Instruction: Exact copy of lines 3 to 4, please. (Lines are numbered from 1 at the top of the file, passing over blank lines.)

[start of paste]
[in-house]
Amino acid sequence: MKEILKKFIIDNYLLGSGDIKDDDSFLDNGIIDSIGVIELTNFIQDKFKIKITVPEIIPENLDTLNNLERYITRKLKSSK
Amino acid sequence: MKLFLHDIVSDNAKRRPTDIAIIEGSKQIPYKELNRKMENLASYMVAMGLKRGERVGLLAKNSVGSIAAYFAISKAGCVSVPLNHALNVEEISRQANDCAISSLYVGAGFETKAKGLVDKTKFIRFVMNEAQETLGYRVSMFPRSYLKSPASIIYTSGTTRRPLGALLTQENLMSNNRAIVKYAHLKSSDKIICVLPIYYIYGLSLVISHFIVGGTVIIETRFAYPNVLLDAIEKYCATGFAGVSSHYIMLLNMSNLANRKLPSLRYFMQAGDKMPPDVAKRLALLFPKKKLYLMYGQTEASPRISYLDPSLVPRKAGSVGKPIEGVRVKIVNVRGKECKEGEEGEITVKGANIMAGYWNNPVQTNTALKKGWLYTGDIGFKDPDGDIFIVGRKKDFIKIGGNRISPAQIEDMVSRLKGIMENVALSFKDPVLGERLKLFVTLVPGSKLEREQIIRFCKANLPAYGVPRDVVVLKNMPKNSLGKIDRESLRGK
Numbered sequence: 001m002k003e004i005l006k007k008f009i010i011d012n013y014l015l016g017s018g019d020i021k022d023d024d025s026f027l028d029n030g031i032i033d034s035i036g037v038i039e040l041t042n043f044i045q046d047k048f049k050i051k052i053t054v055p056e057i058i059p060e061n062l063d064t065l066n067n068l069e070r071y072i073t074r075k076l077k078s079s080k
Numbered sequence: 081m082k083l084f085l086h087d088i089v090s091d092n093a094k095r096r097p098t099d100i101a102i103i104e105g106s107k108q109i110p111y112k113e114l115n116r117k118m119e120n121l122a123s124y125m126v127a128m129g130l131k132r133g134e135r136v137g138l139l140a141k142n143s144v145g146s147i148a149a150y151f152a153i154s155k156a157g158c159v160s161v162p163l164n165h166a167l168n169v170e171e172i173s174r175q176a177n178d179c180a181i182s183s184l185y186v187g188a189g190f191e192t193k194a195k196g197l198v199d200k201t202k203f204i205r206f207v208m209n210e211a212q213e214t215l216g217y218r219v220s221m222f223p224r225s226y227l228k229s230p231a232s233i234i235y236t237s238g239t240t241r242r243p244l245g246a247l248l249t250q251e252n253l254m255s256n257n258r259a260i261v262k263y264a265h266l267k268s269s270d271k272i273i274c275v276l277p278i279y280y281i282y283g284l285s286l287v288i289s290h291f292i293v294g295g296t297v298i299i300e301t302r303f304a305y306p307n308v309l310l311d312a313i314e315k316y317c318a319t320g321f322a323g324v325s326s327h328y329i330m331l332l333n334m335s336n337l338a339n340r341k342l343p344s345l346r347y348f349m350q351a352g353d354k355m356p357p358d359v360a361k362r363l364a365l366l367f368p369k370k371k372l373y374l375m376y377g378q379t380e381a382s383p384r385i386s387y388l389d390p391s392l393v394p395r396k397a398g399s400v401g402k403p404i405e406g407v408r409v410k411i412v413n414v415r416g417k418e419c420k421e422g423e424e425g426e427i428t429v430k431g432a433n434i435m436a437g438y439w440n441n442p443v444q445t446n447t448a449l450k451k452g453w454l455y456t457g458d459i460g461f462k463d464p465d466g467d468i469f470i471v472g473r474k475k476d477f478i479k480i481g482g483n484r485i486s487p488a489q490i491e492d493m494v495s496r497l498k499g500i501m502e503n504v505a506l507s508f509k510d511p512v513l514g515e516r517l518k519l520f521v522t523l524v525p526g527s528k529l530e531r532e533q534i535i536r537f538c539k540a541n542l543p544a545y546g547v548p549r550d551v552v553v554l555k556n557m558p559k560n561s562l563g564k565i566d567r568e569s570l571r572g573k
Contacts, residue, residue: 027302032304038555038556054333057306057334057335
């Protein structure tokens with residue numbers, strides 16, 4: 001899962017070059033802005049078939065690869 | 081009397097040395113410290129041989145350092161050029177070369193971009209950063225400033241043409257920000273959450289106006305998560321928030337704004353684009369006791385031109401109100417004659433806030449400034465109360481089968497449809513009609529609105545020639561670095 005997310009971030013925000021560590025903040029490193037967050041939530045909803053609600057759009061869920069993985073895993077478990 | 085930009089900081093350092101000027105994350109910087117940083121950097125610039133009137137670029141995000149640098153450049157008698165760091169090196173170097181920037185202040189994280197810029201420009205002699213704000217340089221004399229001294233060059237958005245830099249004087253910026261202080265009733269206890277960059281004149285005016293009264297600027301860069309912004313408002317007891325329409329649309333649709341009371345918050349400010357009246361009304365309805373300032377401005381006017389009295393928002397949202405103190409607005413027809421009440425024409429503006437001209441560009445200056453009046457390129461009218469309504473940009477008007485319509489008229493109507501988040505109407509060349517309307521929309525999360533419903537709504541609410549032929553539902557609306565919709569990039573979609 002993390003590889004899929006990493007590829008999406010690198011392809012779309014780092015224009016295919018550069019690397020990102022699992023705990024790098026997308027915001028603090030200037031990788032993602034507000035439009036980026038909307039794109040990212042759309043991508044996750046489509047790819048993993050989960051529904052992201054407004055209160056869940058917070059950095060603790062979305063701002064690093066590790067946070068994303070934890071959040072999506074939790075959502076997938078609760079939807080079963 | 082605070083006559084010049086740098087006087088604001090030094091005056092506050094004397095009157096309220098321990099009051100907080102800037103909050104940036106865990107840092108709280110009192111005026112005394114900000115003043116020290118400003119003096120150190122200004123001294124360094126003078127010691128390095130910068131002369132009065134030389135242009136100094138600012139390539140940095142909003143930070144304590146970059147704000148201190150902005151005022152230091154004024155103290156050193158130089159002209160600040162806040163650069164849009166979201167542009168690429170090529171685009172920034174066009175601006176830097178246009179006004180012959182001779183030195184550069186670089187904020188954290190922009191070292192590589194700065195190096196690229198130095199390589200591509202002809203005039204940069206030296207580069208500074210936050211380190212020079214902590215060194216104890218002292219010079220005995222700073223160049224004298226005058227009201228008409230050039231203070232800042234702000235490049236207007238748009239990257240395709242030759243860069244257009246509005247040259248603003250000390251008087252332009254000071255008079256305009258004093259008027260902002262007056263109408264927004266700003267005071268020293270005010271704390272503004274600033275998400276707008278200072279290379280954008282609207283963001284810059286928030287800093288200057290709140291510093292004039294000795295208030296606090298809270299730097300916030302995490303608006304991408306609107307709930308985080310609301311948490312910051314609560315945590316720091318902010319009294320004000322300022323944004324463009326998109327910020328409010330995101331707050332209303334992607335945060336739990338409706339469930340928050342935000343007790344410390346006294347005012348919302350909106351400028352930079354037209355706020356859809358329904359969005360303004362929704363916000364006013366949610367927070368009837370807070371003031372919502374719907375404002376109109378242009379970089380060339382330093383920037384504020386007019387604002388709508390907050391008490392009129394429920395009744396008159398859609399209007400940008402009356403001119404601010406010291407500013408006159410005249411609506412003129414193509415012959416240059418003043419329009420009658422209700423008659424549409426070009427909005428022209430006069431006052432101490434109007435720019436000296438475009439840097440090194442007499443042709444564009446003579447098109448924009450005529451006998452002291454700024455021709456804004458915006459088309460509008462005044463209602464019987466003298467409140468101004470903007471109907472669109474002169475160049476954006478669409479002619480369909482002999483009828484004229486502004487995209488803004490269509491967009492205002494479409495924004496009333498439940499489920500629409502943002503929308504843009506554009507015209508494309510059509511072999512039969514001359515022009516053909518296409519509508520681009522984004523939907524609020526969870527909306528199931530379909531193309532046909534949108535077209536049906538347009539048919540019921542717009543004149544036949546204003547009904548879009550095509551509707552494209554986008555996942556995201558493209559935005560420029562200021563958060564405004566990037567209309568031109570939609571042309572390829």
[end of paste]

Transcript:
Amino acid sequence: MKLFLHDIVSDNAKRRPTDIAIIEGSKQIPYKELNRKMENLASYMVAMGLKRGERVGLLAKNSVGSIAAYFAISKAGCVSVPLNHALNVEEISRQANDCAISSLYVGAGFETKAKGLVDKTKFIRFVMNEAQETLGYRVSMFPRSYLKSPASIIYTSGTTRRPLGALLTQENLMSNNRAIVKYAHLKSSDKIICVLPIYYIYGLSLVISHFIVGGTVIIETRFAYPNVLLDAIEKYCATGFAGVSSHYIMLLNMSNLANRKLPSLRYFMQAGDKMPPDVAKRLALLFPKKKLYLMYGQTEASPRISYLDPSLVPRKAGSVGKPIEGVRVKIVNVRGKECKEGEEGEITVKGANIMAGYWNNPVQTNTALKKGWLYTGDIGFKDPDGDIFIVGRKKDFIKIGGNRISPAQIEDMVSRLKGIMENVALSFKDPVLGERLKLFVTLVPGSKLEREQIIRFCKANLPAYGVPRDVVVLKNMPKNSLGKIDRESLRGK
Numbered sequence: 001m002k003e004i005l006k007k008f009i010i011d012n013y014l015l016g017s018g019d020i021k022d023d024d025s026f027l028d029n030g031i032i033d034s035i036g037v038i039e040l041t042n043f044i045q046d047k048f049k050i051k052i053t054v055p056e057i058i059p060e061n062l063d064t065l066n067n068l069e070r071y072i073t074r075k076l077k078s079s080k